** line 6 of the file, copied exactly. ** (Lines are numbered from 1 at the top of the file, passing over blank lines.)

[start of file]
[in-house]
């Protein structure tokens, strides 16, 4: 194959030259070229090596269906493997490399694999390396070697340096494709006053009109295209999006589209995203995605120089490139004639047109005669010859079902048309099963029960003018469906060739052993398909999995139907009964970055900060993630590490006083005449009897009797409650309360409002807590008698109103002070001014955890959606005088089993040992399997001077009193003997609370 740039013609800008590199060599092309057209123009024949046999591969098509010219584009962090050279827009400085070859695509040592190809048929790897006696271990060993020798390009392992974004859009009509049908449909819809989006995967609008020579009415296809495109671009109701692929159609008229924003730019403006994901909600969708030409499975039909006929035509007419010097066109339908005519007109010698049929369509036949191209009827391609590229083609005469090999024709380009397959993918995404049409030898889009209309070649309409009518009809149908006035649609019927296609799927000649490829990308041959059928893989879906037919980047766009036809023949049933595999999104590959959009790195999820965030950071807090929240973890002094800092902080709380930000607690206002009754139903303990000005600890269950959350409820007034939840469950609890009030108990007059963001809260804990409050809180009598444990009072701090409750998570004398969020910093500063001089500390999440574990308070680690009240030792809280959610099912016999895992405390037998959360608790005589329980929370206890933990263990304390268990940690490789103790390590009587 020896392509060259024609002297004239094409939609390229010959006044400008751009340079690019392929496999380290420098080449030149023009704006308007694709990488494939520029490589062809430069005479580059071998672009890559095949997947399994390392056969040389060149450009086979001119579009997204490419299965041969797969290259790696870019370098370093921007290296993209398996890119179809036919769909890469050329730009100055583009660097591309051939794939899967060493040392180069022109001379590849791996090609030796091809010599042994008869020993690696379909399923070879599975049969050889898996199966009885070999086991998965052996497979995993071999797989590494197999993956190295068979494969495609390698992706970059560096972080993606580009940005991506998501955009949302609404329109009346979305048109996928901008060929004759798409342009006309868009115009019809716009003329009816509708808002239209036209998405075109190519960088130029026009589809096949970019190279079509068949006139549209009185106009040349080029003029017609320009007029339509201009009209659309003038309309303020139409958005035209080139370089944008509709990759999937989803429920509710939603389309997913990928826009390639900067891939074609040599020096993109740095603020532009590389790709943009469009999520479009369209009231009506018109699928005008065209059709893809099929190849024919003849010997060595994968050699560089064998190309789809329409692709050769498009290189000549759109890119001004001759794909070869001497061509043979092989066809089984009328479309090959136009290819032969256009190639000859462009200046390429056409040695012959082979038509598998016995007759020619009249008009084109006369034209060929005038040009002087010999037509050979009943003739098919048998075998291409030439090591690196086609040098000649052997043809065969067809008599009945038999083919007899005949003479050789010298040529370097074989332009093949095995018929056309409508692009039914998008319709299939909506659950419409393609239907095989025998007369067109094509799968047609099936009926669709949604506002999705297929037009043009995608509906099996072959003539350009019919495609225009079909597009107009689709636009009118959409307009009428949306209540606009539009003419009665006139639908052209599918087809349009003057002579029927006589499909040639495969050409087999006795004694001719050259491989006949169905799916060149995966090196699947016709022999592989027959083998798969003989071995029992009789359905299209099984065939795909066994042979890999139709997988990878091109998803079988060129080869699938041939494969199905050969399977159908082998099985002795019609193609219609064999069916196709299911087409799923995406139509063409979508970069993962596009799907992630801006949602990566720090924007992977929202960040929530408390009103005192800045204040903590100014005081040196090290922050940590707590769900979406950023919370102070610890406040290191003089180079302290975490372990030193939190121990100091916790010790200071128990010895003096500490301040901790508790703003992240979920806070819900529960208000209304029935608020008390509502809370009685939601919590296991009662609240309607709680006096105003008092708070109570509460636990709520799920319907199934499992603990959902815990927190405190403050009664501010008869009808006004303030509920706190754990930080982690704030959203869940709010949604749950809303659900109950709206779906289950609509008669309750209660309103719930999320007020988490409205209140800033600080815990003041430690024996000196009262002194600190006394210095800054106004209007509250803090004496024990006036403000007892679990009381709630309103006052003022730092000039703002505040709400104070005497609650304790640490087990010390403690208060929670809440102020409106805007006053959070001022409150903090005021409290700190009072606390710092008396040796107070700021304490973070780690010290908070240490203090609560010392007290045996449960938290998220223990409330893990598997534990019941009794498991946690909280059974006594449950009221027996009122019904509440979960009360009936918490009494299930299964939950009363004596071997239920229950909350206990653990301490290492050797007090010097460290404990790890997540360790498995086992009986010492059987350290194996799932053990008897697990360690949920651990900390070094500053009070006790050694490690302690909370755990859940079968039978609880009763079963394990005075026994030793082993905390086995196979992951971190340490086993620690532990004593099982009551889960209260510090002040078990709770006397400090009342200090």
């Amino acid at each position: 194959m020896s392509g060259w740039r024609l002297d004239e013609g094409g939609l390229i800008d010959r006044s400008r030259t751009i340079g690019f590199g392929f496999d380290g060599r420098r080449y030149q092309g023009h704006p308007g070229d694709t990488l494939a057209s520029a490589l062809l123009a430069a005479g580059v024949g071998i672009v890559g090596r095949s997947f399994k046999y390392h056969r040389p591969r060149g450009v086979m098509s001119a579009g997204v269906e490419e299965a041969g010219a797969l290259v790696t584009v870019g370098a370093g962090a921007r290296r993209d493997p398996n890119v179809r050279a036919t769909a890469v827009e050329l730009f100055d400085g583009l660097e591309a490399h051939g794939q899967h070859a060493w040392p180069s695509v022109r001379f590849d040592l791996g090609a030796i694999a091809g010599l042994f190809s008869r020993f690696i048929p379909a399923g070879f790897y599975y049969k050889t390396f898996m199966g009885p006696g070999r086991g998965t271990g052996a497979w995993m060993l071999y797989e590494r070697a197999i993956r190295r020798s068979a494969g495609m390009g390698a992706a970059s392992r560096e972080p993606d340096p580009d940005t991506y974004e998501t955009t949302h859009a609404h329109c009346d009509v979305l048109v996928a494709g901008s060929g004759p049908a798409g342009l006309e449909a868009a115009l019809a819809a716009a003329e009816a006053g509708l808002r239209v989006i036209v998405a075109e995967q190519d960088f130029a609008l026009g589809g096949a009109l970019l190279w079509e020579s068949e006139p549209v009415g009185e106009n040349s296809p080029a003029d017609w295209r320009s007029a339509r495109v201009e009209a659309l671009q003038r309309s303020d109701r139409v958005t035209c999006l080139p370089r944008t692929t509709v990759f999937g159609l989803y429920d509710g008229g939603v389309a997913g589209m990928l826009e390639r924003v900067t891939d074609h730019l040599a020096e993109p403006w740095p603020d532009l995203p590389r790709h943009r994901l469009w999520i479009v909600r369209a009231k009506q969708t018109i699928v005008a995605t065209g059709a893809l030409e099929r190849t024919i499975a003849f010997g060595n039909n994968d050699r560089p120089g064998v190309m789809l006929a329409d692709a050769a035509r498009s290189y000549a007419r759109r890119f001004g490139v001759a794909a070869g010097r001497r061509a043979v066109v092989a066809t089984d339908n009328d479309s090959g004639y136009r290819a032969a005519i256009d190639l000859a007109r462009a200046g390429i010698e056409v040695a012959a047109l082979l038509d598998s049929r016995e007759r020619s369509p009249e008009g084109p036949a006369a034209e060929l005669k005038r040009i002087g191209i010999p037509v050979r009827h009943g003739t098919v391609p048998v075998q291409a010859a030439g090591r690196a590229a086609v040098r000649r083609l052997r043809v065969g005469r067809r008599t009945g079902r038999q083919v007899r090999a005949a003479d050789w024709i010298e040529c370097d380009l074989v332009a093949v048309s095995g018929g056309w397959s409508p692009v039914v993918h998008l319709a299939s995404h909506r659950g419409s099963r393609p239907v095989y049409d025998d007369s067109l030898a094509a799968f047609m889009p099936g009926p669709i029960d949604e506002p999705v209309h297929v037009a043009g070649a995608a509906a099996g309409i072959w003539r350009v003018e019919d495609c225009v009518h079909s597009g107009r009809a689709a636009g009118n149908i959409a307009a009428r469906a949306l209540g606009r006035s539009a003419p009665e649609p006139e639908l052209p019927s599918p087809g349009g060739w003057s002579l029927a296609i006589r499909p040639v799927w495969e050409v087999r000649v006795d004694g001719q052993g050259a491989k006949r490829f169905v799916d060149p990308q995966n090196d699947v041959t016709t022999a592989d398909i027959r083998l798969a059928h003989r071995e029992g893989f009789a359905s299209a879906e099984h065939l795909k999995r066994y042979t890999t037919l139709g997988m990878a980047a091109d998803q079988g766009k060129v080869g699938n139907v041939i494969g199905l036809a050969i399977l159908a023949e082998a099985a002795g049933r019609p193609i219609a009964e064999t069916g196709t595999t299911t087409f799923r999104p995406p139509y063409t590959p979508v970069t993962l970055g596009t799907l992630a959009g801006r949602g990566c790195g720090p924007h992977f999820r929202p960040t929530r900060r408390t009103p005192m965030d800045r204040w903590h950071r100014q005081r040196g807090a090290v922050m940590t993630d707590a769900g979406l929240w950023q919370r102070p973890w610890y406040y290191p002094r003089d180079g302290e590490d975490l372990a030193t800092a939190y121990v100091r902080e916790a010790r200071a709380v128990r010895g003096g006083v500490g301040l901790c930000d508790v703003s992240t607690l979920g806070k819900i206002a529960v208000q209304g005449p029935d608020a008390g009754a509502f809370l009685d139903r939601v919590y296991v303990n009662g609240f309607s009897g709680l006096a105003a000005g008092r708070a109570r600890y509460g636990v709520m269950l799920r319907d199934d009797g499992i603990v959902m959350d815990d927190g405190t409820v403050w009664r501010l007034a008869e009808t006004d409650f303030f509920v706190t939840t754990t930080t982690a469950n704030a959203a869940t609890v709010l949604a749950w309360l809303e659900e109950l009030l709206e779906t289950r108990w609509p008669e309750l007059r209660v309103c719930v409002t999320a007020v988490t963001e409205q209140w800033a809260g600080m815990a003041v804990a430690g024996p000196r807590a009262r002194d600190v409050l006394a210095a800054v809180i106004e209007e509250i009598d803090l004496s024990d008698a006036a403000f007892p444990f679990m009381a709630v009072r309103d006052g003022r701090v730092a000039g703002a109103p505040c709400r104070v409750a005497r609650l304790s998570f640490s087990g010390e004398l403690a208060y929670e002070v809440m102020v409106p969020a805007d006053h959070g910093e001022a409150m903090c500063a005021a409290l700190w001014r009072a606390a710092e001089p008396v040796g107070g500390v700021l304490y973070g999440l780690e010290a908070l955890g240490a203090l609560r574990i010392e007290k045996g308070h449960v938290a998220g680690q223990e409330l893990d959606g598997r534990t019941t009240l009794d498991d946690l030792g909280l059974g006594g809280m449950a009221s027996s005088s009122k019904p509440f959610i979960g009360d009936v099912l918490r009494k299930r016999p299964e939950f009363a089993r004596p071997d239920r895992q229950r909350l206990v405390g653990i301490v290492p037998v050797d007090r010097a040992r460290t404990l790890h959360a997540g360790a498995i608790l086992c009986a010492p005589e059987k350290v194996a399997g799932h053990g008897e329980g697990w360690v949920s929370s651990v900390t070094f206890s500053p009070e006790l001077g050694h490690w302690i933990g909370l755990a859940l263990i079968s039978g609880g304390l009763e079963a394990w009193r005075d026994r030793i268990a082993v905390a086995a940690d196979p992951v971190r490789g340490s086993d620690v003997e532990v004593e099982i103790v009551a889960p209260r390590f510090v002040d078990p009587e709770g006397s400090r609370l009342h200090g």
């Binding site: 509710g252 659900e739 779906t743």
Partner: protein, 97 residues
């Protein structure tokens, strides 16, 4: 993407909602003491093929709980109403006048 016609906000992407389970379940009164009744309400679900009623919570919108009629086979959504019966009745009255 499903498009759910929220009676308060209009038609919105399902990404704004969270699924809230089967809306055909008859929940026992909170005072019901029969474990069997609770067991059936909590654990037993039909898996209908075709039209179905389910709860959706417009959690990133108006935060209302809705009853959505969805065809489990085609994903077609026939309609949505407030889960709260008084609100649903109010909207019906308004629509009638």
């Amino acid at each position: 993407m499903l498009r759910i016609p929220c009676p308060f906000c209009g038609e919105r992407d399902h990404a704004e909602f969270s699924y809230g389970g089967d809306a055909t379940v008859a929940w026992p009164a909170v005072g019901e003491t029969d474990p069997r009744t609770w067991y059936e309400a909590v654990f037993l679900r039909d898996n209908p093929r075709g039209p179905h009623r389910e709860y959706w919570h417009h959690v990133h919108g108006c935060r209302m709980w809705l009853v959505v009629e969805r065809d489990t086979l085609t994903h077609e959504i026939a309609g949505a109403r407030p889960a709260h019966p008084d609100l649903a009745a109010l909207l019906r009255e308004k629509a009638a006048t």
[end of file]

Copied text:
């Protein structure tokens, strides 16, 4: 993407909602003491093929709980109403006048 016609906000992407389970379940009164009744309400679900009623919570919108009629086979959504019966009745009255 499903498009759910929220009676308060209009038609919105399902990404704004969270699924809230089967809306055909008859929940026992909170005072019901029969474990069997609770067991059936909590654990037993039909898996209908075709039209179905389910709860959706417009959690990133108006935060209302809705009853959505969805065809489990085609994903077609026939309609949505407030889960709260008084609100649903109010909207019906308004629509009638």